England walloped by historic floods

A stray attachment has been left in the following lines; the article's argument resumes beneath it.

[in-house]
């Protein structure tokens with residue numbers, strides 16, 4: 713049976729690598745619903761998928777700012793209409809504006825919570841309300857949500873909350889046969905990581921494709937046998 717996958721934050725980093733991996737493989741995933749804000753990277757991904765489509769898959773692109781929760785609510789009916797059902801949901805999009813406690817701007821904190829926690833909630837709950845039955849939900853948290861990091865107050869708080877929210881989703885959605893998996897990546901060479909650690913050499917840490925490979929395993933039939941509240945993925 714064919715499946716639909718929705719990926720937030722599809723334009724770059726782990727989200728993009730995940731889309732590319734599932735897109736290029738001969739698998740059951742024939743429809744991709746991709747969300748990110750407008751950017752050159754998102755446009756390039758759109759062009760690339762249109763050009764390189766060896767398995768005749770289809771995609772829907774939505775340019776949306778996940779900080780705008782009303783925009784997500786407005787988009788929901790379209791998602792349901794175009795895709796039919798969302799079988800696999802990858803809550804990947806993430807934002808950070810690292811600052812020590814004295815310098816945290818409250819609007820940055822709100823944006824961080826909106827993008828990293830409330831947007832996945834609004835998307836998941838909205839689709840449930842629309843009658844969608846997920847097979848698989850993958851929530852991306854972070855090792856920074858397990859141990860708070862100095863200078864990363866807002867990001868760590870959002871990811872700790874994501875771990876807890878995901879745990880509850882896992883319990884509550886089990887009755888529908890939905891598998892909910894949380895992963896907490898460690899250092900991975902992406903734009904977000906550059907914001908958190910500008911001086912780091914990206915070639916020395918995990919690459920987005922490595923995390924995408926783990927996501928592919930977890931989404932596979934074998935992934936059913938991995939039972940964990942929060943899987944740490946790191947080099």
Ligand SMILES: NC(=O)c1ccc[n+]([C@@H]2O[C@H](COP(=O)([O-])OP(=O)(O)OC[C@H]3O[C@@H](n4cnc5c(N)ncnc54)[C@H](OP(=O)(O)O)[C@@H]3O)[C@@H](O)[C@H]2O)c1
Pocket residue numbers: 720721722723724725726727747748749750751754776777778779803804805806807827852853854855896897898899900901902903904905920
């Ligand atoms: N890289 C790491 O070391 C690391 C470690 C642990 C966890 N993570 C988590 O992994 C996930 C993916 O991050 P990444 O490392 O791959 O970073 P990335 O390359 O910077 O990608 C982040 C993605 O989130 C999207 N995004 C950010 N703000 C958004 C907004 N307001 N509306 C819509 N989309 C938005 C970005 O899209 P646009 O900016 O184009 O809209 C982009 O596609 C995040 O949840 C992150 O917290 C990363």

It’s a “summer of suffering” in England, as severe flooding wreaks havoc across the country. This weekend, floods in the central and southern part of the country left more than 350,000 people without drinking water and forced the evacuation of hundreds from their homes. The worst part, observers say, is that the waters are still rising — and are on track to outpace record flooding from 1947. The crisis follows a June flood in the north that killed seven people and left 7,000 at least temporarily homeless. With the swollen Thames and Severn rivers threatening to burst and criticism rising almost as quickly, newly installed Prime Minister Gordon Brown flew over the affected areas and pledged to increase flood-defense spending. “Obviously like every advanced industrial country we’re coming to terms with some of the issues surrounding climate change,” he said at a press conference, noting that the government would review the future siting of infrastructure and homes with climate in mind.